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Australia needs its own Earth observation satellite program, report says

Australia needs its own Earth observation satellite program, report says

The Australian Academy of Science has warned the nation’s reliance on foreign satellites will pose “significant” risk in the future for weather forecasting, resource and water management and disaster response.

It comes as the academy today has proposed a 10-year plan to invest further into an Earth observation satellite program, which includes the recommendation to develop a national program of space weather research.

Using satellites to monitor changes on Earth is critical to being prepared for land changes and weather events, such as the 2019-20 bushfires.  

But for years Australia has relied on international partnerships for satellite access, meaning there is no guarantee it will be readily available, which is not sufficient according to the experts.


“A major space weather event with catastrophic impacts on the global economy is likely within our lifetimes, however, Australian research can greatly improve our predictive capability,” said Professor Fred Menk, the chair of the executive working group developing the plan.

Professor Menk also Chairs the Academy’s National Committee for Space and Radio Science.

“Meeting Australia’s future Earth observation needs requires appropriate sovereign capability including enhanced science, observations, analysis and modelling capability,” he added.

According to the academy, Australia’s current satellite capability means the nation would only receive an hour’s warning of a major space weather event.


With limited warning, operations such as power distributions, aviation, satellites and radio communications would be greatly impacted.

The 10-year plan recommends that Australia develop a national research priority in space science that aligns with civil and defence requirements, a lead scientist role is established at the Australian Space Agency and commitment to ongoing investment in a space program.

“Australia must have a space industry of its own one that we can turn into a high-tech manufacturing, knowledge-based, research supported, export industry in a world hungry for it,” says Professor Menk.

While Australia has not rushed with developing its own satellite capabilities, the nation has begun ramping up investments in recent years, especially with JP9102.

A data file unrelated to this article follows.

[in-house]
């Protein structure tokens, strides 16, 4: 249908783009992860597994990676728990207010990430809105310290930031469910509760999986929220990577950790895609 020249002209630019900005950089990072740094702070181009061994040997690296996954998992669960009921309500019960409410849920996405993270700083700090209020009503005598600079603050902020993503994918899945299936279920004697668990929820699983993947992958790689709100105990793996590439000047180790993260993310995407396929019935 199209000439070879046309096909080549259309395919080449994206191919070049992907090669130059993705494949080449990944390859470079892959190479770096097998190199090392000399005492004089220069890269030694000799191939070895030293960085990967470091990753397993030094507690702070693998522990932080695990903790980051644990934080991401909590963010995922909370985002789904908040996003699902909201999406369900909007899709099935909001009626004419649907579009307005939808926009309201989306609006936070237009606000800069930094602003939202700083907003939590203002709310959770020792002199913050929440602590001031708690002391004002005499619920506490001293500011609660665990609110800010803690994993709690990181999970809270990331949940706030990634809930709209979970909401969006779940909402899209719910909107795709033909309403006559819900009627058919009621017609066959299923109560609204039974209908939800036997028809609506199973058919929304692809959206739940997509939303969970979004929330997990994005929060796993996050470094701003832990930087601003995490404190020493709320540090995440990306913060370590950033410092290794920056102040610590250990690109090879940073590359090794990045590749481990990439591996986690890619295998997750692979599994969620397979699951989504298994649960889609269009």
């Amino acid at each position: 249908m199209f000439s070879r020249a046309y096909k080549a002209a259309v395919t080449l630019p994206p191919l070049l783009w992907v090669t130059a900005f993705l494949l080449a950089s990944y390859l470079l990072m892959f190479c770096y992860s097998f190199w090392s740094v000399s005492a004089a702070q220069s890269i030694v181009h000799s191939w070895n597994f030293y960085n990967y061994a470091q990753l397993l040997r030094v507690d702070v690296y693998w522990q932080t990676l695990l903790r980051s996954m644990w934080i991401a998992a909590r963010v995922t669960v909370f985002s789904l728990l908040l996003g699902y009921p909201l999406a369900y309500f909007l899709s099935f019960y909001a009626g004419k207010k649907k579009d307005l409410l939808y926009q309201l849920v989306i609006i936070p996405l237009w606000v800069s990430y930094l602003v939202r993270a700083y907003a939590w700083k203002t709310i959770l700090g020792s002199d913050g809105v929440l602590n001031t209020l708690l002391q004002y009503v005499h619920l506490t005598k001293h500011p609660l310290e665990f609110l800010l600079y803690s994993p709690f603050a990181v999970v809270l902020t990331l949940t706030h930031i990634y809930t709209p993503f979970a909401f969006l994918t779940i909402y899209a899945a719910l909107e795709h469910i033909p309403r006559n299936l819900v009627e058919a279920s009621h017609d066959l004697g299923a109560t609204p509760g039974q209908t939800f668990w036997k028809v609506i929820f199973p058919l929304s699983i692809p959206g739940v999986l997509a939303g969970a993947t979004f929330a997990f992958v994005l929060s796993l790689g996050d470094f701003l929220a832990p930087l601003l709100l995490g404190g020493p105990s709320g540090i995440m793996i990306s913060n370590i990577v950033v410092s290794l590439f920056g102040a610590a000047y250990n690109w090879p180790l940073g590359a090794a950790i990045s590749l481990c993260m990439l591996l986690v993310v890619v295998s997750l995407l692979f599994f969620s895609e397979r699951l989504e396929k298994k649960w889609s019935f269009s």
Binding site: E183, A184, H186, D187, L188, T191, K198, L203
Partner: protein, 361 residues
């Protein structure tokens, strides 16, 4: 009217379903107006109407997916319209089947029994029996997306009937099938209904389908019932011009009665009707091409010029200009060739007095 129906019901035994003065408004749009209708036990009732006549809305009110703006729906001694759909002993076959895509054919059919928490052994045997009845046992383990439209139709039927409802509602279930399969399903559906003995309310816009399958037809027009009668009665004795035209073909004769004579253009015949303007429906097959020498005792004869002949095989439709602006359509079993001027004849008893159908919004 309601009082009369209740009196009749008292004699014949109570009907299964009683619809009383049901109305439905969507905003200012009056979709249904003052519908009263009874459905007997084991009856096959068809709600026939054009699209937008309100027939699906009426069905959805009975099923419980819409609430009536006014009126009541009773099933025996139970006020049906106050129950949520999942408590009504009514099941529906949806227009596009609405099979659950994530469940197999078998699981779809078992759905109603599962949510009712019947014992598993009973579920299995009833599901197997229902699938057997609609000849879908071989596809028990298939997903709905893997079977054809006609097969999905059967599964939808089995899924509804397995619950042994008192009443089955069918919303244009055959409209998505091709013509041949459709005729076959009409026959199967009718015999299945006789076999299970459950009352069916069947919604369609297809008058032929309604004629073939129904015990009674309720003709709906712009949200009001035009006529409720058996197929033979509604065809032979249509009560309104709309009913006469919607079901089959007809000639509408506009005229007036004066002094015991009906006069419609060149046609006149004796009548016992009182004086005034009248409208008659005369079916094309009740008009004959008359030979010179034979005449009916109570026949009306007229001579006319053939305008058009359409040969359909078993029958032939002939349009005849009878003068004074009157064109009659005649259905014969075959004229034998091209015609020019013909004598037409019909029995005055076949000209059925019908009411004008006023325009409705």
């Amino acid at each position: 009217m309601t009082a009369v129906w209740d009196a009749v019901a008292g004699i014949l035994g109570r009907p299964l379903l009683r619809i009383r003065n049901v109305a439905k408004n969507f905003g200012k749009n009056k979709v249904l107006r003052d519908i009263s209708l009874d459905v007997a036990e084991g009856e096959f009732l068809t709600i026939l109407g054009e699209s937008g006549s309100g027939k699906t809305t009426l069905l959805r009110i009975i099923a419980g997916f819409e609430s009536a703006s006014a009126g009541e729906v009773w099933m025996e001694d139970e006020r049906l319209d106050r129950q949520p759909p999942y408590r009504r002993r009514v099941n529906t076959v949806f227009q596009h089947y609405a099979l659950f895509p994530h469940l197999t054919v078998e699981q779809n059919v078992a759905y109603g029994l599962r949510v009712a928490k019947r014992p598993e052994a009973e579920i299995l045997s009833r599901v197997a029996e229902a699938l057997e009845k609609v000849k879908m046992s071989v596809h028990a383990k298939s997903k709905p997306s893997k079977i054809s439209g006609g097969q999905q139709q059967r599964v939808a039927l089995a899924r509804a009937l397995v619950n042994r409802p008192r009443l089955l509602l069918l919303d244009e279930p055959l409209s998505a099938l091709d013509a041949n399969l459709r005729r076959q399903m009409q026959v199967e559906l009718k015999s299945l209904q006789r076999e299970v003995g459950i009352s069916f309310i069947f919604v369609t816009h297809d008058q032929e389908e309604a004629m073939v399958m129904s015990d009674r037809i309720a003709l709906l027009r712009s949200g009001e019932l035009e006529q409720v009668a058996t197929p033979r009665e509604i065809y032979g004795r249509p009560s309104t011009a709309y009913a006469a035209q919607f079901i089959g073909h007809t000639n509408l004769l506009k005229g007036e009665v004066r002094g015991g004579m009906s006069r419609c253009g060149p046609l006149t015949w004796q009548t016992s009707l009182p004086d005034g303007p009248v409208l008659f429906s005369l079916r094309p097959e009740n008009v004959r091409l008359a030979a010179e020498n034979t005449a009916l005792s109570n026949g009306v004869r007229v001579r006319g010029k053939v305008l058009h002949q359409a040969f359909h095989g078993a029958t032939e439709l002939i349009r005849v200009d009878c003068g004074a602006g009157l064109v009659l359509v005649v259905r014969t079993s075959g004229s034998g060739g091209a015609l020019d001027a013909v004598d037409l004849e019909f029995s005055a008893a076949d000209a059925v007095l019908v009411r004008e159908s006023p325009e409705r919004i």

JP9102 is the name for the $3 billion project to create a new military satellite communication capability for Australia.

It’s hoped it will eventually reduce the country’s reliance on the United States' defence capabilities, including the US military’s Wideband Global SATCOM (WGS).

Contenders for the contract include Airbus and Team Maier, Lockheed Martin, Boeing, and Team AUSSAT – comprised of companies including Optus, Thales and Raytheon.

In November, the Australian Space Agency also released a roadmap to boost sovereign Earth observation capabilities.

The roadmap falls under the ASA’s mission to triple the size of the sector to $12 billion, creating an additional 20,000 jobs by 2030.

It is categorised into four phases, including assessing and identifying opportunities Australia has, setting strategic targets to reach by 2030, devising pathways with developed action plans and implementing and monitoring the progress of those plans.

The academy said that stronger investment into a homegrown satellite program will mitigate future risks of climate change and maintaining economic growth.

Isabella Richards

Isabella Richards

Bella Richards is a journalist who has written for several local newspapers, her university newspaper and a tech magazine, and completed her Bachelor of Communications (Journalism) at the University of Technology Sydney in 2020. She joined Momentum Media in 2021, and has since written breaking news stories across Space Connect, Australian Aviation and World of Aviation.

You can email Bella on: [email protected]

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